Can We “Rule-Out” the Dream?

I say to you today, my friends, that in spite of the difficulties and frustrations of the moment, I still have a dream. It is a dream deeply rooted in the American dream.” –
Rev. Dr. Martin Luther King

 

To be extremely transparent, this has probably been the hardest blog post for me to write. I have started, stopped, reconsidered, rewrote, and second-guessed almost every word. The topic is so sensitive, and the possibility of being misunderstood is so great, even attempting to grasp it with one blog entry seems impossible.

To say nothing would be negligent with the Trayvon Martin murder trial verdict just a few weeks in the past and the commemoration of the 50-year anniversary of the March on Washington and the iconic “I Have a Dream” speech given by Rev. Dr. Martin Luther King literally days away. Can we definitely say one way or the other that as a society we judge people by the “content of their character and not the color of their skin”? I think there can be some consensus that we are not in that place yet.

Can we “rule-out” that the dream that Dr. King talked about will ever come to fruition? I don’t have enough information to make that diagnosis. I am hopeful that in the future months and years, our nation will take strides to listen to each other and not make the erroneous assumption that we have arrived in a “post-racial” utopia that does not presently exist.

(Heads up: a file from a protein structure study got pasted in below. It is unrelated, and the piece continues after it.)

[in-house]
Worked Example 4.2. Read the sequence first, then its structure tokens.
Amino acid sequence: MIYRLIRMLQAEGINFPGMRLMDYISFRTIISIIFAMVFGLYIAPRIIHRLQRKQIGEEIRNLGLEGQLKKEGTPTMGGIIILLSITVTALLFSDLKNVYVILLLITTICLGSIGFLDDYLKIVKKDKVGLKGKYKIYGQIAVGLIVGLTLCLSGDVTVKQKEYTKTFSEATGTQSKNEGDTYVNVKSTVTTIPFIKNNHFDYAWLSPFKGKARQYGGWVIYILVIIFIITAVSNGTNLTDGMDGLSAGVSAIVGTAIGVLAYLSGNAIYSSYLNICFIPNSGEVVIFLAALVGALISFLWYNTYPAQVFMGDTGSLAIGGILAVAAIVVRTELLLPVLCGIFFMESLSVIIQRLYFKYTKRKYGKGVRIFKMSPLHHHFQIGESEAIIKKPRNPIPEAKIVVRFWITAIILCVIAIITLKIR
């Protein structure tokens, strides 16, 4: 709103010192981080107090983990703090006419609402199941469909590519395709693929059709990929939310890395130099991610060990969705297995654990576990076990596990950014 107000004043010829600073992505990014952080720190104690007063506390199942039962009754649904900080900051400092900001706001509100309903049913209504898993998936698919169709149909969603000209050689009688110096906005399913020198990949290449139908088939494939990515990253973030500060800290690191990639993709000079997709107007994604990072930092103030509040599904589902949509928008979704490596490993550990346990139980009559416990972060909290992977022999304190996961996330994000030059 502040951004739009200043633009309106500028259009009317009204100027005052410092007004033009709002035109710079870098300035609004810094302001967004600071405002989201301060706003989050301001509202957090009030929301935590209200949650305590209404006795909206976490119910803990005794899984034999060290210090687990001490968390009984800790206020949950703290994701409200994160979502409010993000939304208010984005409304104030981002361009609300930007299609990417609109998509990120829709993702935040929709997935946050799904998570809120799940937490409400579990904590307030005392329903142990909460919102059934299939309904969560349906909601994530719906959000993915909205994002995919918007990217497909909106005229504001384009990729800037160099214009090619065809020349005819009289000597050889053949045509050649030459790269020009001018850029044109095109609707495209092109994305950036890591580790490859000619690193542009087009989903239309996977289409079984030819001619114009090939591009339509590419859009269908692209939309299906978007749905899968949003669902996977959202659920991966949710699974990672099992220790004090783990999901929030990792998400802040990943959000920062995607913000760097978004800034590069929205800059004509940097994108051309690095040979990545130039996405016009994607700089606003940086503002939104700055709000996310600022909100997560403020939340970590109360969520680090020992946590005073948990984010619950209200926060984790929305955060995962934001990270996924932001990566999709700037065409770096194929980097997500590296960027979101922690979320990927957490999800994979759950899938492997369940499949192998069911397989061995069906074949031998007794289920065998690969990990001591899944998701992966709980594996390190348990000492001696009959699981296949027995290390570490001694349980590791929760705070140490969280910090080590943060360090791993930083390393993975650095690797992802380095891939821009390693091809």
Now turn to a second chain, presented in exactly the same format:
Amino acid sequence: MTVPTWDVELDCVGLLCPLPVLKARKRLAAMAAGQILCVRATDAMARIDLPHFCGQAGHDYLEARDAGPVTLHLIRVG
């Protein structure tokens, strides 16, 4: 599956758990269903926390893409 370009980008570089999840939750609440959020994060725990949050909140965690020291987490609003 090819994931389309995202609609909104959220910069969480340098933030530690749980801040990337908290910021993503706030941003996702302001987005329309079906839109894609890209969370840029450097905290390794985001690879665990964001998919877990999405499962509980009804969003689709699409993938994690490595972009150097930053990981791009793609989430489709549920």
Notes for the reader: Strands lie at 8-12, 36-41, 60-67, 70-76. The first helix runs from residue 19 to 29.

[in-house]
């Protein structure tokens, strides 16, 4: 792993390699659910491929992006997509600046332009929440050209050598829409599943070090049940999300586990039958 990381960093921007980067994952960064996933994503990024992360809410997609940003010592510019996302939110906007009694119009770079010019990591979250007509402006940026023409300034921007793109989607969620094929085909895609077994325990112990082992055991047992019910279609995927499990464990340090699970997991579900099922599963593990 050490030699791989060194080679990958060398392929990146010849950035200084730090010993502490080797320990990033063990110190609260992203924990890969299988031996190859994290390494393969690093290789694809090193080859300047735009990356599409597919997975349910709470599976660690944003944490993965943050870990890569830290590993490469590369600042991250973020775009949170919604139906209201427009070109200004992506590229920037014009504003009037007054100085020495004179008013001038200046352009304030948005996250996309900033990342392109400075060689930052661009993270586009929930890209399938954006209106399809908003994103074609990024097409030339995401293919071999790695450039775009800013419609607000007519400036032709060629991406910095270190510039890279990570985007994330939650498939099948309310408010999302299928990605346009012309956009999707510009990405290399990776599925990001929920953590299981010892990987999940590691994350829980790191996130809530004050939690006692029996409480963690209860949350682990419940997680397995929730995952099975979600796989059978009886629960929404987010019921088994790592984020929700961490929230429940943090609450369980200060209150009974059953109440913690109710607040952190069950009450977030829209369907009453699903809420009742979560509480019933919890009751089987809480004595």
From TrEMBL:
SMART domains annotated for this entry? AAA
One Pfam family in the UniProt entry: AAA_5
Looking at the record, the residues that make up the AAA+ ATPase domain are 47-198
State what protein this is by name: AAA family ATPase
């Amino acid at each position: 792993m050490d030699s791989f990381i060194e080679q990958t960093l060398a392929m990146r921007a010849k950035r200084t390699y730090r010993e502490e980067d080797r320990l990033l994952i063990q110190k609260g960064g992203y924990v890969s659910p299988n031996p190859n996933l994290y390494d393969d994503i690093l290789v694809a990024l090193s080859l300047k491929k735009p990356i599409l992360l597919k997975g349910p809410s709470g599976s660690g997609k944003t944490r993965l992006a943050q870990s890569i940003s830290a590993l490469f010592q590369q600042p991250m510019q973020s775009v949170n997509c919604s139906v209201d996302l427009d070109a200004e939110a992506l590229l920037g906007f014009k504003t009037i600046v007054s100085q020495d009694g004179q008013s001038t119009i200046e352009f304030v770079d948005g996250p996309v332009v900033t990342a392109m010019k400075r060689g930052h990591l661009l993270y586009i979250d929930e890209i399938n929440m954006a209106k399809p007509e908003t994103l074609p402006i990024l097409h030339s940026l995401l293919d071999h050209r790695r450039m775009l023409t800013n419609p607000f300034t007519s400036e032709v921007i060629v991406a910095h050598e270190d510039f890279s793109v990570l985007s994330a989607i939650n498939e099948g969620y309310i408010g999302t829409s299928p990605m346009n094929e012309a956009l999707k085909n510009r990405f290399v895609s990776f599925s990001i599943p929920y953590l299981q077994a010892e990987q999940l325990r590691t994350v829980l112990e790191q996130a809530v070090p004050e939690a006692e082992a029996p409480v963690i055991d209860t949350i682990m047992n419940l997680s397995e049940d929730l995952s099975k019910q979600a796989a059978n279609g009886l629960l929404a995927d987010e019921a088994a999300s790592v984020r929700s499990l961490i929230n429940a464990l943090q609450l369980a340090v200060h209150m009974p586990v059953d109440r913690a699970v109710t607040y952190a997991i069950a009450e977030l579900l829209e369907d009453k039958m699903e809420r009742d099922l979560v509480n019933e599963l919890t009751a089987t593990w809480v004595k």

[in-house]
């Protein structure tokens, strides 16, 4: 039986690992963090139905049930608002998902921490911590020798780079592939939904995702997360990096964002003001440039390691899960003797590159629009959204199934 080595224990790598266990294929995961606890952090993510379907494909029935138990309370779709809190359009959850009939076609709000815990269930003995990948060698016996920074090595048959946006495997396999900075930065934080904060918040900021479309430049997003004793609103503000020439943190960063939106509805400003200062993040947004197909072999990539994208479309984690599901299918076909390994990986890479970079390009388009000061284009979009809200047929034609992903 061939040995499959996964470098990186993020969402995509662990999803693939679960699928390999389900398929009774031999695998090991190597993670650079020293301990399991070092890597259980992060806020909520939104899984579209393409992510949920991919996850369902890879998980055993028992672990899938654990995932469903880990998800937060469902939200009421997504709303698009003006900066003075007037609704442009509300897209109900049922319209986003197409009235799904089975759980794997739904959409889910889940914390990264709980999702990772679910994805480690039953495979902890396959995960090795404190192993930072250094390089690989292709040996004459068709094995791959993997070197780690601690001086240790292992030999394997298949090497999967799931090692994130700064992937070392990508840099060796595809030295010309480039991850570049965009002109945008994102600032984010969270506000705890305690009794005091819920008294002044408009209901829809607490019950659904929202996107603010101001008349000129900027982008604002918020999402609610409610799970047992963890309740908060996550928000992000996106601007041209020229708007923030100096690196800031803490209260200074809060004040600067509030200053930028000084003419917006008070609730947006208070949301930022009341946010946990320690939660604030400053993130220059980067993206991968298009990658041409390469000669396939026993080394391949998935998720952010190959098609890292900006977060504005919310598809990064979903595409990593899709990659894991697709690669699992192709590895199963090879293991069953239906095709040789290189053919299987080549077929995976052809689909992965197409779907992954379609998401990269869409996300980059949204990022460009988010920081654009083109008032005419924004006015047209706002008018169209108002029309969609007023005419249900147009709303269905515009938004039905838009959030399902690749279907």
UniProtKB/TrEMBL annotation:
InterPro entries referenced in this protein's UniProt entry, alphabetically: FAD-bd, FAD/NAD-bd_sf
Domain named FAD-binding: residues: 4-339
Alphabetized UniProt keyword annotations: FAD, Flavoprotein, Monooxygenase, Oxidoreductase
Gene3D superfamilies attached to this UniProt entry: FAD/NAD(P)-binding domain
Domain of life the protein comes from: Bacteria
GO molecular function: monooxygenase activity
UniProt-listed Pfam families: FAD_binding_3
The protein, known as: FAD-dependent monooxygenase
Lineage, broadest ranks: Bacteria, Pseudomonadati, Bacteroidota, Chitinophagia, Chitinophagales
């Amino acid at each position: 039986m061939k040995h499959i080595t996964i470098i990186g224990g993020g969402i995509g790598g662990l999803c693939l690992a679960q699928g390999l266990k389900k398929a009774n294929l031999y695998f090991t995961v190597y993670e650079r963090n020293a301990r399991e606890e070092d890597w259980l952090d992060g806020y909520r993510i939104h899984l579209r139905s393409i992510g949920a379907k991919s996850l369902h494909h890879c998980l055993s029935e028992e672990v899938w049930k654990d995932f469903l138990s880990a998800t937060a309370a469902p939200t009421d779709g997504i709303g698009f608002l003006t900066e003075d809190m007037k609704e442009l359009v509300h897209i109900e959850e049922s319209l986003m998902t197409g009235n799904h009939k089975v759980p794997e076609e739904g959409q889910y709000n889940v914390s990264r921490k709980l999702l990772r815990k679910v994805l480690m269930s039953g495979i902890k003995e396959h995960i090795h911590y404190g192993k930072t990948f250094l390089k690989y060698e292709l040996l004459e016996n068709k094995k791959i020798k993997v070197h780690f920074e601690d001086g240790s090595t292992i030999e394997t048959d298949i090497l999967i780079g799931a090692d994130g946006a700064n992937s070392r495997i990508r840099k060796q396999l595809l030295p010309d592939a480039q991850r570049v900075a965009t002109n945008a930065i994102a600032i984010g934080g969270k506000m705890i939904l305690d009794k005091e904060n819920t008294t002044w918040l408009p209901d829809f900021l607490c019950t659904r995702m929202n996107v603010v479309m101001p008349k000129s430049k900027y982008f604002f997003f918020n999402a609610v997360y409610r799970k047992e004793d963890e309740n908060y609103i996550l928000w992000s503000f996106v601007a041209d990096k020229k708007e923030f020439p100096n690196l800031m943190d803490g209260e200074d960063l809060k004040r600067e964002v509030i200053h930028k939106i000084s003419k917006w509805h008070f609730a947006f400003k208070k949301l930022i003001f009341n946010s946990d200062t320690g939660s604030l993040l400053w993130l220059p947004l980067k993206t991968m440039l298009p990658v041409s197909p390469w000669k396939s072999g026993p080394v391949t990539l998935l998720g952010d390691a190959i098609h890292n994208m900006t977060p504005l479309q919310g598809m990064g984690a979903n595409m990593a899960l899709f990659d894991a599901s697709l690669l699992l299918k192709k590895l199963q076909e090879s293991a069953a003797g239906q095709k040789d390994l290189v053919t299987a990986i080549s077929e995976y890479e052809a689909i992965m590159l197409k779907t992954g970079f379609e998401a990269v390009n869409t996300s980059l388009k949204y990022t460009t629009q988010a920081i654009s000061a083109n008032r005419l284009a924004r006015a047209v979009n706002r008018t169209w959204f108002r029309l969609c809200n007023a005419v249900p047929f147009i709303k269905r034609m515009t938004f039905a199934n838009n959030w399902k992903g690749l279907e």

It starts with less talking and more listening. It continues with people being less concerned with being right and more concerned about being compassionate. It is realizing that I can’t really put myself “in your shoes.” I have to listen to you and hear you when you tell me what wearing your shoes is like. It starts with something as simple as looking at each and every person and giving them the respect of being an individual regardless of their differences.

In less than a month, we will be back in classrooms with our fellow classmates. I encourage you to have the tough conversations and ask, respectfully, the questions that may be sensitive. That is how we will grow as individuals and as a society.

Why should this even be a concern for counselors? It is a consideration because the client sitting across from you or in your counseling group or your colleague or friend has a dream, too.  That dream may be a part of the American Dream, a part of the dream of equality or another dream entirely. Listening to, respecting, and even advocating for their dream may be the help that they need from you.